The formal interview had taken place hours before, and as is their custom occasionally, the team at Electronic Art's studio in Toronto had decided to go to a nearby watering hole for a drink, and asked the candidate to join them. That's when someone who had seemed like a promising potential hire started to look a lot different.
It's a little awkward writing about the concept of ad-blocking technology when you work in a sector that is largely monetized through advertising, but here goes: The fact that ad-blocking apps rose to the top of the App Store charts shouldn't have surprised anyone, least of all app and mobile game developers.
Mobile apps are driving 54 percent of the time consumers spend on digital media, according to comScore. The company recently released its 2015 Mobile App Report, based on behavioral data it tracks from its proprietary platform.
Bigger doesn't always mean better, but Google's decision to double the maximum size of APKs in Google Play may prove to be a hit with Android developers.
At one point in time, there were dramas and sitcoms so valued by their audience that they were sometimes referred to as "appointment television." Later, major networks described some of their shows as "must-see TV." It's not exactly clear, though, how we'll convey the tvOS apps that all consumers should download for Apple TV.
With major studios like Rovio announcing layoffs, abandonment rates continuing to climb and increasing challenges with in-app monetization, there have to be days when even the most optimistic mobile game developer wonders if the best days of the industry are behind it.
Three-quarters of app users will "churn" and become inactive within the first three months, and 58 percent will do the same within 30 days, according to Localytics. The company recently released data based on 40 million Android and iOS devices downloaded in May.
Malware attacks are never fun, and developers sounded less than amused by a security issue in Apple's App Store involving a modded version of Xcode.
The word "premium" can have many connotations. It could mean "exclusive" in some contexts, "expensive" in others or generally referring to higher quality. In the case of mobile game developers, it's probably supposed to be a mixture of all three.
One of the most challenging things in a mobile game is knowing when to call it quits. If you're the developer of the mobile game in question, it might be all about what makes best sense for your business. Earlier this month the mobile gaming community was taken aback by a decision from Electronic Arts (EA) to discontinue a dozen of its titles.
iOS 9 will likely be three days faster in attracting half of all Apple device users to upgrade compared with previous versions, according to Crittericism. The mobile app performance testing firm created a forecast for the platform's adoption based on more than 26 billion app loads.
For a device that was once known only for keeping track of time, app developers were like everyone else in finding irony that the operating system behind the Apple Watch, watchOS 2, will be late.
Most indie developers are probably pretty comfortable with creating apps that make use of "pinch" and "zoom" gestures by now. Mastering the art of "peek" and "pop" on an iPhone 6S may be another story entirely.
If you work for a technology success story long enough, you're bound to eventually get the question Phil Libin recently struggled to answer: "What are your favorite apps?" The former CEO of Evernote was a guest in an episode of the Tim Ferriss Show podcast, and he was quizzed about his personal preferences on all manner of things. When it came to mobile apps, though, he sounded stumped. In fact, he gently suggested the death knell for apps is nearer than developers may realize.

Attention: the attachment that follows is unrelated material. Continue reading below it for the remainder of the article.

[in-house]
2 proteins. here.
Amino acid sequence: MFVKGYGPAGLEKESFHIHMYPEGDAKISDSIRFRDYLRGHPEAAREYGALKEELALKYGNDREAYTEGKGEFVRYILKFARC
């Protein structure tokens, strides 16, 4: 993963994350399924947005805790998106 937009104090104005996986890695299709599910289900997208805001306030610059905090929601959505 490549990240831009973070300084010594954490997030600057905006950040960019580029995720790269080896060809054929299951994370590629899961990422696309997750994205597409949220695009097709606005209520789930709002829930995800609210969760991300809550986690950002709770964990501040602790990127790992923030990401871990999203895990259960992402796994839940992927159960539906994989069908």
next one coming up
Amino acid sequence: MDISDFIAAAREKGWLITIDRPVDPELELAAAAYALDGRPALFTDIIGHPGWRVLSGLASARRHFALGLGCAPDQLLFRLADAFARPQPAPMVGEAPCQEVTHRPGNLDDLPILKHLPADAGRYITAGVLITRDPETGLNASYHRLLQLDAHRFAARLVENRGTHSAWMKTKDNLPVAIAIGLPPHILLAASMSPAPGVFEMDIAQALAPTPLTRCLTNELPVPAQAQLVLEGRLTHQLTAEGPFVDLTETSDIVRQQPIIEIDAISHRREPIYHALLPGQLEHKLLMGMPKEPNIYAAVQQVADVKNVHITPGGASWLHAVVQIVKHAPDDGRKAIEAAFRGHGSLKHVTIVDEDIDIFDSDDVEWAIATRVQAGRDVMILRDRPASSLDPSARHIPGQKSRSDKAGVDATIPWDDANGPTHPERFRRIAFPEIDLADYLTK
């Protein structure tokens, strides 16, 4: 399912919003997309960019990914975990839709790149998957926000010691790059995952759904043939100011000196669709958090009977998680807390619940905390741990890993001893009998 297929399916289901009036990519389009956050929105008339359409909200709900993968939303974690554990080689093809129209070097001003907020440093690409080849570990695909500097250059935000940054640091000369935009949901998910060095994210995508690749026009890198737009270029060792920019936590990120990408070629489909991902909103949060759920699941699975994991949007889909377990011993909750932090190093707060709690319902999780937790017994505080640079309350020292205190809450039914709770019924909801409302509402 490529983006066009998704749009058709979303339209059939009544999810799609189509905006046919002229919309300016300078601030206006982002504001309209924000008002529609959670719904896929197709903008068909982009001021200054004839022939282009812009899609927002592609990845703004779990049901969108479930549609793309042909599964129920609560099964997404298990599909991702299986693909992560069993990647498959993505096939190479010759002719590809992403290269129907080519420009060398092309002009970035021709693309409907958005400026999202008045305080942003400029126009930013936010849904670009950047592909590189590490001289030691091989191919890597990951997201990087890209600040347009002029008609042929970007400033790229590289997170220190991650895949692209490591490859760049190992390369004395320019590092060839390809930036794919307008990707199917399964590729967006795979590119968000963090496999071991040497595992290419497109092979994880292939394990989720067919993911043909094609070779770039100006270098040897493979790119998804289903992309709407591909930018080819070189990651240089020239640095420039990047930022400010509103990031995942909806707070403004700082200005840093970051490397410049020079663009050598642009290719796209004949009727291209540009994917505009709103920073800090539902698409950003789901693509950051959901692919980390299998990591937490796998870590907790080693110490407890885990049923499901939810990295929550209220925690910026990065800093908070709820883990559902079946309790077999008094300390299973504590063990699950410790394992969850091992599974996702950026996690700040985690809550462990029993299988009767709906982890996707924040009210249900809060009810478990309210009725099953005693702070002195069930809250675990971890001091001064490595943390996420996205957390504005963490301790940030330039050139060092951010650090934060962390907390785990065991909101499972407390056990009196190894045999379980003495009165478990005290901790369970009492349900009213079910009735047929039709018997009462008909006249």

An app hits the point at which it accounts for 50 percent of its total life span in as little as five to six months since installation, according to Adobe. The firm's Mobile Benchmark Report 2015 is based on data from Adobe Mobile Services, which tracked more than 65 billion app launches across various industries and regions.
Consumers were probably excited to hear about the idea of an app-driven Apple TV, but based on developers on social media it's the platform behind it, tvOS, which deserves most of the interest.
Like the rest of the world, iOS developers would like Siri to "give them a hint" about this week's Apple product launch, but they've been content to discuss the possibilities on Twitter in the meantime.
FunPlus explains its approach to bringing greater transparency to developer programs with PublishingPlus
A few months ago, mobile game developer FunPlus announced PublishingPlus, a developer program that would include not only money and marketing help but the ability for indies to keep their intellectual property. Chief strategy officer Dan Fiden spoke with FierceDeveloper by phone to provide more context around how PublishingPlus will work.
When Amazon recently said it would change the way it pay writers whose work is available on Kindle Unlimited based on how many pages consumers read, the literary world flipped out. The authors of books aren't accustomed to being tracked so granularly, and to some it seemed unfair because there are plenty of people who buy books they never read, but want to save for later (or for some kind of bragging rights). The same is not true for mobile apps -- we don't have friends admiring all the unused mobile games in our smartphone "libraries" -- which is why Amazon's "actually free" category in its new Amazon Underground app store sounds intriguing.
Forty-four percent of those involved in creating enterprise apps said user experience (UX) is the most important thing to focus on, according to Progress's State of Mobility Survey 2015. The software company got responses from 3,000 people, including a mix of developers, CEOs and IT professionals.